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SMN in spinal muscular atrophy and snRNP biogenesis

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Abstract Ribonucleoprotein (RNP) complexes function in nearly every facet of cellular activity. The spliceosome is an essential RNP that accurately identifies introns and catalytically removes the intervening sequences, providing exquisite control of spatial, temporal, and developmental gene expressions. U‐snRNPs are the building blocks for the spliceosome. A significant amount of insight into the molecular assembly of these essential particles has recently come from a seemingly unexpected area of research: neurodegeneration. Survival motor neuron (SMN) performs an essential role in the maturation of snRNPs, while the homozygous loss of SMN1 results in the development of spinal muscular atrophy (SMA), a devastating neurodegenerative disease. In this review, the function of SMN is examined within the context of snRNP biogenesis and evidence is examined which suggests that the SMN functional defects in snRNP biogenesis may account for the motor neuron pathology observed in SMA. WIREs RNA 2011 2 546–564 DOI: 10.1002/wrna.76 This article is categorized under: RNA Interactions with Proteins and Other Molecules > RNA–Protein Complexes RNA Processing > Processing of Small RNAs RNA in Disease and Development > RNA in Disease

Survival motor neuron (SMN) protein subdomains. The amino acid number corresponding to the exon peptides and the size of the SMN protein is indicated above the red exon boxes. The SMN is 294 amino acids and runs at 38 kDa on Western blots. The relative sizes of the exons are diagrammed with the exon number below. Identified protein subdomains and associated functions are indicated. Below is an abbreviated list of proteins that interact with the SMN along with the approximate region of interaction.

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Proposed role for the survival motor neuron (SMN) in neurons involves a novel ribonucleoprotein (RNP) complex. Within axons, a pool of SMN exists that is not complexed with Sm proteins and the entire Gemin complex. Additional SMN–RNP forms that contain hnRNP‐Q and ‐R (blue) are ZPB (green) and β‐actin mRNA. The active transport of this complex results in the accumulation of β‐actin mRNA and protein at the distal end of the axon and at the neuromuscular junction (NMJ). In the spinal muscular atrophy (SMA; bottom panel), low levels of the SMN result in reduced levels of β‐actin accumulation and poorly developed NMJs.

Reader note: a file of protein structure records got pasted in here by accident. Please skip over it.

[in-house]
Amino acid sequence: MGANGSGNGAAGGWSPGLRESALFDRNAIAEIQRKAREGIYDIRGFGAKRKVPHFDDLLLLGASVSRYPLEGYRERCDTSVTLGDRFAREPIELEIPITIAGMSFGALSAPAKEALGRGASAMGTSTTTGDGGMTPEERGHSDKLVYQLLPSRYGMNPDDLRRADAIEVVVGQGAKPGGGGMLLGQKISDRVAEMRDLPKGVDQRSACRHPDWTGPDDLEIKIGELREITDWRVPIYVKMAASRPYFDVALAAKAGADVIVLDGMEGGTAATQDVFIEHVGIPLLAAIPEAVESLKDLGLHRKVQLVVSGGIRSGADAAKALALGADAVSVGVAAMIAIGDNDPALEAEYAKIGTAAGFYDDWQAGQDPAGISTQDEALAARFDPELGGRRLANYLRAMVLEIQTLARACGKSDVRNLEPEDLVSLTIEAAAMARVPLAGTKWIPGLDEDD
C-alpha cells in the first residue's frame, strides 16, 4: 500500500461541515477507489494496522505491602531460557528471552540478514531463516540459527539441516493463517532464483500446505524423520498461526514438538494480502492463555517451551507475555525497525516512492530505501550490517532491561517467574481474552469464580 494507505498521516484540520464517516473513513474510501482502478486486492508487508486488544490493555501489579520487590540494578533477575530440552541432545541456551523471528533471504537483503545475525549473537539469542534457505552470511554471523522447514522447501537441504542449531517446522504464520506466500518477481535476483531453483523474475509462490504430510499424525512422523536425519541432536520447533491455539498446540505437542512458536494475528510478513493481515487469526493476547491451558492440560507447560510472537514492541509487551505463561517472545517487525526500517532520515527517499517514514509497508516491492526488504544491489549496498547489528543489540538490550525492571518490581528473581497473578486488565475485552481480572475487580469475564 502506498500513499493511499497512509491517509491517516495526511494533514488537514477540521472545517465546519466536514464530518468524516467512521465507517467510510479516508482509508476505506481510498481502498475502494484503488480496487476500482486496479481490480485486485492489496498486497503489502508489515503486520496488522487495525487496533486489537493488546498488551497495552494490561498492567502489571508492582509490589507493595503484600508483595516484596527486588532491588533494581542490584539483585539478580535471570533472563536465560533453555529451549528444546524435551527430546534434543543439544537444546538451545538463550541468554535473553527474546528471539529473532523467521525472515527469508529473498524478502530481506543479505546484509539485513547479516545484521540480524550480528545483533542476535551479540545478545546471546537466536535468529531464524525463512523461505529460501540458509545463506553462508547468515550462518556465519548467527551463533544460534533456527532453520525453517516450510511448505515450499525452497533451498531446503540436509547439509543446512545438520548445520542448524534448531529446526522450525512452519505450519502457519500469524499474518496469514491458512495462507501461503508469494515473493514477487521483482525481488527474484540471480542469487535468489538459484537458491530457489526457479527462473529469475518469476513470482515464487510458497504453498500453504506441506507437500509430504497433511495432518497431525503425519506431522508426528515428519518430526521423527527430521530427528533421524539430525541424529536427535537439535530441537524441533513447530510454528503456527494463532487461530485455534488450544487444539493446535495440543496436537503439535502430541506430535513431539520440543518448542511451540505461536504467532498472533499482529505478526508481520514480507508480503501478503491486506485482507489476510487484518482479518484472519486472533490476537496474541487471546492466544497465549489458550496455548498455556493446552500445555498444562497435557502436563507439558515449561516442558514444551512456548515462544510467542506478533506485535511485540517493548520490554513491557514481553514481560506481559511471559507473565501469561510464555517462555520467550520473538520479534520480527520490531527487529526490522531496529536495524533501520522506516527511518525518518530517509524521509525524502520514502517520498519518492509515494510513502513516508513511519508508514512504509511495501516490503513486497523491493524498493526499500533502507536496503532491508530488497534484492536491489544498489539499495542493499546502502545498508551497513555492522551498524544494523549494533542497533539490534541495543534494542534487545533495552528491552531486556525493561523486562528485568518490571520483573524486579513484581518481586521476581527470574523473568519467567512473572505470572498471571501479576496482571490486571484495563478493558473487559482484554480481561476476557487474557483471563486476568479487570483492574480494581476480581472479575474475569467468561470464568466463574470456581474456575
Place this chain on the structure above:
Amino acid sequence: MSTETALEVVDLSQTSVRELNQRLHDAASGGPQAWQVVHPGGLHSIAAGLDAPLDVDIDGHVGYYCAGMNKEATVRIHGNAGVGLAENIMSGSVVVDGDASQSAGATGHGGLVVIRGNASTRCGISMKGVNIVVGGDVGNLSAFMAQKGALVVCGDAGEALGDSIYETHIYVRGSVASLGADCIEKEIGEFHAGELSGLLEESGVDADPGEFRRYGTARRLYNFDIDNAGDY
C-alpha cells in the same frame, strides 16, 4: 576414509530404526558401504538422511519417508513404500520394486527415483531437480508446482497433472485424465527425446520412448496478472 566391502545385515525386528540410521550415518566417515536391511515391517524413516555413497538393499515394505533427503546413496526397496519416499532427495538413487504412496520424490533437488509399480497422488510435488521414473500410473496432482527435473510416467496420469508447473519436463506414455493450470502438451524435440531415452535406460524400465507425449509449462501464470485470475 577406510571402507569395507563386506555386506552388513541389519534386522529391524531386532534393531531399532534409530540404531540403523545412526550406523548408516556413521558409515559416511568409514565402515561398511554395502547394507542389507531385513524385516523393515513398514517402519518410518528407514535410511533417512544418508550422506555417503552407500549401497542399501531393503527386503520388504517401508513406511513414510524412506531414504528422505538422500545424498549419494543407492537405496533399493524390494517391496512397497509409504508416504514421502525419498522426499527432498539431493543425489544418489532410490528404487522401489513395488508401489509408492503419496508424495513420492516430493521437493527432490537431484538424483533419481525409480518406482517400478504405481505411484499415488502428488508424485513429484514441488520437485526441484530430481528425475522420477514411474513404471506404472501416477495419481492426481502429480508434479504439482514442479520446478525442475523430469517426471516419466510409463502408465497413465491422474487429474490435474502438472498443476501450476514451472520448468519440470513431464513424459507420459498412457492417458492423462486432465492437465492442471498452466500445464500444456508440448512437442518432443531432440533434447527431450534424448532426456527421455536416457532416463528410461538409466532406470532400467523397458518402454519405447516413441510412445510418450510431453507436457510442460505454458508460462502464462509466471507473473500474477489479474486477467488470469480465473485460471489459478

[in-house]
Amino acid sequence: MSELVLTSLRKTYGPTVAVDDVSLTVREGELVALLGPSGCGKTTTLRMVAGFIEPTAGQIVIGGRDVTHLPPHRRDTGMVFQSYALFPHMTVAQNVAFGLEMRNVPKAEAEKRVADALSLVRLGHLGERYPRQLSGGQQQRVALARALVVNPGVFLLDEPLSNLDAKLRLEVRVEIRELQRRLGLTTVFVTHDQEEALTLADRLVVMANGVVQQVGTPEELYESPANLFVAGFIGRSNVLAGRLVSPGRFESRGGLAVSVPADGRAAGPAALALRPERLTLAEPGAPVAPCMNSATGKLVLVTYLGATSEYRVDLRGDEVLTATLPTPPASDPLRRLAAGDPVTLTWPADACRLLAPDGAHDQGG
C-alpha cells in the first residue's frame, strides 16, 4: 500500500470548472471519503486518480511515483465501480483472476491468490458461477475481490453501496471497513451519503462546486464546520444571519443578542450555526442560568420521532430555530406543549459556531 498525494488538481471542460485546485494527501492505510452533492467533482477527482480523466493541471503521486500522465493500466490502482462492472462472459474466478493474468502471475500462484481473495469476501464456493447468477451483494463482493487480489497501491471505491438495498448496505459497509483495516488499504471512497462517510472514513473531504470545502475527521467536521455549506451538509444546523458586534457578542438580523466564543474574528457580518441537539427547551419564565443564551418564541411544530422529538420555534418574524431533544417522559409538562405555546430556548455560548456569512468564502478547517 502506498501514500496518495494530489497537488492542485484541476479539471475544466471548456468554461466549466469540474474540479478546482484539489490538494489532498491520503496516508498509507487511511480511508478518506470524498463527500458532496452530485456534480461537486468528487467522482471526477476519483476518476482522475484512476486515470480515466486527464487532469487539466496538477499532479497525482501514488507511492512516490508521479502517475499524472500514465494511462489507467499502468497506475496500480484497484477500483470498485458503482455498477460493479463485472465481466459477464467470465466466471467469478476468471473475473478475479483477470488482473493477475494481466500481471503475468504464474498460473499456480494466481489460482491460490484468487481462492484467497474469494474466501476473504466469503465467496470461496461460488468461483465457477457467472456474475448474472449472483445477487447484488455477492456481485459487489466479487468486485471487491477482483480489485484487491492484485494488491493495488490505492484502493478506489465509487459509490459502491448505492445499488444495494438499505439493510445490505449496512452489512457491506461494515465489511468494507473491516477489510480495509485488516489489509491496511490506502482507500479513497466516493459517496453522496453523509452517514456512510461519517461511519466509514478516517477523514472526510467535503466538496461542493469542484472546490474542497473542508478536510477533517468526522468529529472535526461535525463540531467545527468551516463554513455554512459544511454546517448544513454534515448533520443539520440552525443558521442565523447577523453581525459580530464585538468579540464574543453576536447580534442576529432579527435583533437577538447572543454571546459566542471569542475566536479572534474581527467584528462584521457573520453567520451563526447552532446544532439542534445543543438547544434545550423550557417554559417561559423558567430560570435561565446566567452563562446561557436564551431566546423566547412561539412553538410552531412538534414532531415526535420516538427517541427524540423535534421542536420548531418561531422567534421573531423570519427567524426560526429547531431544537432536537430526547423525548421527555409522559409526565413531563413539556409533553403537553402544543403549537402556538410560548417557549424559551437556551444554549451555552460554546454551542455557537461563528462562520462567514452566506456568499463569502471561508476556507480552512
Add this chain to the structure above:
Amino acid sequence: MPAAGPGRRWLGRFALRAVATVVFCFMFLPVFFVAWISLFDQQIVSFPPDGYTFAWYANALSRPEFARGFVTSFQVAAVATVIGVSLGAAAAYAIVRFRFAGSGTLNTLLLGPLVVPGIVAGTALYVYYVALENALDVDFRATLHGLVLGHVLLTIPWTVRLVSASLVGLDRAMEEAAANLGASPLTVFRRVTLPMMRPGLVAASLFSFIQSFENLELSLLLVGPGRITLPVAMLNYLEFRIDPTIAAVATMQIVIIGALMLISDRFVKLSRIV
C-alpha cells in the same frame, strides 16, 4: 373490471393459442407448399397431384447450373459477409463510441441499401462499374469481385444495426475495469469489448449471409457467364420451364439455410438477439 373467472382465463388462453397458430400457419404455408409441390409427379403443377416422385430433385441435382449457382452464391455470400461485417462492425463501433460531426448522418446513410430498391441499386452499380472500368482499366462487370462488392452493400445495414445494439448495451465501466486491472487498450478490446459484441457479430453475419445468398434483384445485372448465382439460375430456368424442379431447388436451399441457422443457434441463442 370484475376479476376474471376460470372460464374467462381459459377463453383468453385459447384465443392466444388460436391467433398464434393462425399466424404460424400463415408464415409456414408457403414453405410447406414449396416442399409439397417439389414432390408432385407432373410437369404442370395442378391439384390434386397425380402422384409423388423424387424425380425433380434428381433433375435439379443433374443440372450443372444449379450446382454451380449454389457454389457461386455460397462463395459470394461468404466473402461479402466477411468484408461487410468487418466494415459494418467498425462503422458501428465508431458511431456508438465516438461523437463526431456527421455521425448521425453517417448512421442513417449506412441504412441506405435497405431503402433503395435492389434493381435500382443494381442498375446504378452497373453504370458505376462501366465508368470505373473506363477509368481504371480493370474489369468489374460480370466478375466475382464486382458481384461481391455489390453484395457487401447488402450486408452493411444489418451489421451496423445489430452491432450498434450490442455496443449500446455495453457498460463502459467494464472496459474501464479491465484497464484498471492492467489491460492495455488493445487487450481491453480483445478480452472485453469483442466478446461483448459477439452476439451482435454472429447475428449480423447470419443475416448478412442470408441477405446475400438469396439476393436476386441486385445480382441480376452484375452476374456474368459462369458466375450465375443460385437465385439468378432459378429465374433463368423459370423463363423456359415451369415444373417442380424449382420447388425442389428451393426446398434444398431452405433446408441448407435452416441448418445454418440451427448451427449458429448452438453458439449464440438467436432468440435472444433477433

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Overview of the survival motor neuron (SMN) functions in the assembly of mature spliceosome particles. Small nuclear RNAs (snRNAs) are transcribed via polymerase II‐dependent expression. The presence of the m7G cap initiates binding by the nuclear export complex consisting of PHAX, XPO1/CRM1, RAN, and both subunits of the cap‐binding complex (CBC). Upon entering the cytoplasm, the nuclear export complex dissociates. Within the cytoplasm, several complexes consisting of partially assembled, snRNA‐free Sm proteins reside in the cytoplasm: SmD1/SmD2; SmB/B′/SmD3; and SmE/SmF/SmG. Prior to binding the SMN complex, PRMT5 and PRMT7 specifically methylate the C‐terminal tails of SmB, SmD1, and SmD3, thereby enhancing the affinity for the SMN complex. The SMN/Gemin/unrip complex binds the methylated Sm complex, allowing the specific recruitment of snRNAs. The Sm complex is guided onto the Sm‐binding site on the snRNA by Gemin5 at which point the heptameric ring structure is formed. The SMN/Gemin/small nuclear ribonucleoprotein (snRNP) complex interacts with trimethylguanosine synthetase 1 (TGS1) which results in the hypermythylation of the m7G cap and the formation of the m3G cap. The nuclear import complex consisting of snurportin and importin‐β interacts with the m3G cap and the SMN complex and transports the entire complex into the nucleus. Entry into the nucleus results in the release of the import complex, the SMN complex, and the snRNP's initial transitions through the Cajal body.